The LSU Tigers baseball team had a less than auspicious start in the College World Series Sunday, losing to TCU in a 10-3 walkover. But Tiger fans are still confident, and rightly so. Paul Mainieri’s group has timely hitting and outstanding defense up the middle with C Kade Scivicque, SS Alex Bregman and CF Andrew Stevenson to back up their outstanding young pitching. The remarkable thing to me is that four of the eight finalists, including the top 1-2-3 seeds of Florida, LSU and Vanderbilt, are from the Southeastern Conference.
So far, only top-ranked Florida is playing to its ranking as it got off to a rousing start, thumping Miami 15-3 on Saturday. Arkansas lost its opener to Virginia 5-3 and Vanderbilt was trailing CSU-Fullerton 3-0 Sunday in a game that was suspended by weather and will resume today. But, hey, they are here and having half the field from one conference does not happen every year. In fact, the last times it did occur was in 2006 when the ACC sent four and in 2004 when the SEC sent four. For your information, a four-team conference has only won the CWS once, in 1997 when LSU beat Alabama for the title. But enough about stats.
The SEC's current prominence in baseball sounds strangely like the early part of the 2014 college football season, doesn’t it? After Week 6, the composite rankings had Auburn, Ole Miss, Mississippi State and Alabama ranked as the top four teams in the country. Although fans of other conferences are raising their hands, I still believe that, top to bottom, SEC football is the best in the country. But, you know, SEC baseball just might be even better, at least as judged by who gets to the final round.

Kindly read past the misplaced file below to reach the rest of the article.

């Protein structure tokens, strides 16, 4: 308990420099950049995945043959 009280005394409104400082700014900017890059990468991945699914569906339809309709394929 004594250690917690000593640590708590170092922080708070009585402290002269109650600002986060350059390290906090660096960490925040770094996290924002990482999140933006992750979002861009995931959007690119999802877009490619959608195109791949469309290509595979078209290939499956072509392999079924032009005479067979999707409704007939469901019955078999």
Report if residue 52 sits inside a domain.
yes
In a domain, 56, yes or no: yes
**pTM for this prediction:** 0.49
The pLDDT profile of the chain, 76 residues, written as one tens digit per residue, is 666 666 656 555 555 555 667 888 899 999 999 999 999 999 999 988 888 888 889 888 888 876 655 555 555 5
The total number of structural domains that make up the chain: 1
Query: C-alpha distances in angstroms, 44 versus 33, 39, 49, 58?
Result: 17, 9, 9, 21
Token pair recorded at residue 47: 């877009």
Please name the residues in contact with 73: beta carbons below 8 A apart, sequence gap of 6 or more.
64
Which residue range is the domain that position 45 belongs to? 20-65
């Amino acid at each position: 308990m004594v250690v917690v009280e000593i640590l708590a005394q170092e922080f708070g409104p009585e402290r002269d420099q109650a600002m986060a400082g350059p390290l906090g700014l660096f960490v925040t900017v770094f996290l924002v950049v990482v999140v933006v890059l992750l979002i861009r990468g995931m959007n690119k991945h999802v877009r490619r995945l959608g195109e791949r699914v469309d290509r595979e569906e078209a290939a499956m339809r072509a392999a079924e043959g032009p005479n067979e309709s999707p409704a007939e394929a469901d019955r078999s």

The culprit that will forever hold SEC football in check is the scheduling format. Everybody knew last fall that the SEC would not end up with the top four teams in the playoff format because the cannibalistic scheduling eventually would result in rank-killing losses. Baseball does not have that problem, primarily because the playoff format is like NCAA basketball, with 64 teams participating. If your team gets an invitation, and gets hot at the right time, they have a chance to win it. More teams, more games, more chances to win.
LSU’s roster is full of guys who have either been drafted or will be in future years. But one sentimental omission is the absence of New Orleans area players. Only former Brother Martin slugger Greg Deichmann, who has been troubled by injuries, is on the roster despite the rich history of local baseball. LSU has signed two local players for 2016, C Cody Ducote of Brother Martin and IF Cole Freeman of Lakeshore, but most of the signees, particularly projected impact players, come from elsewhere in Louisiana or out of state. Of course, nobody in Alex Box Stadium is complaining so long as Mainieri is winning. Sounds a lot like John Calipari’s roster, where players from Kentucky have not made a major impact on the Wildcat program since Darius Miller of Mason County (2009-12) or even back to Rajon Rondo of Louisville (2004-06).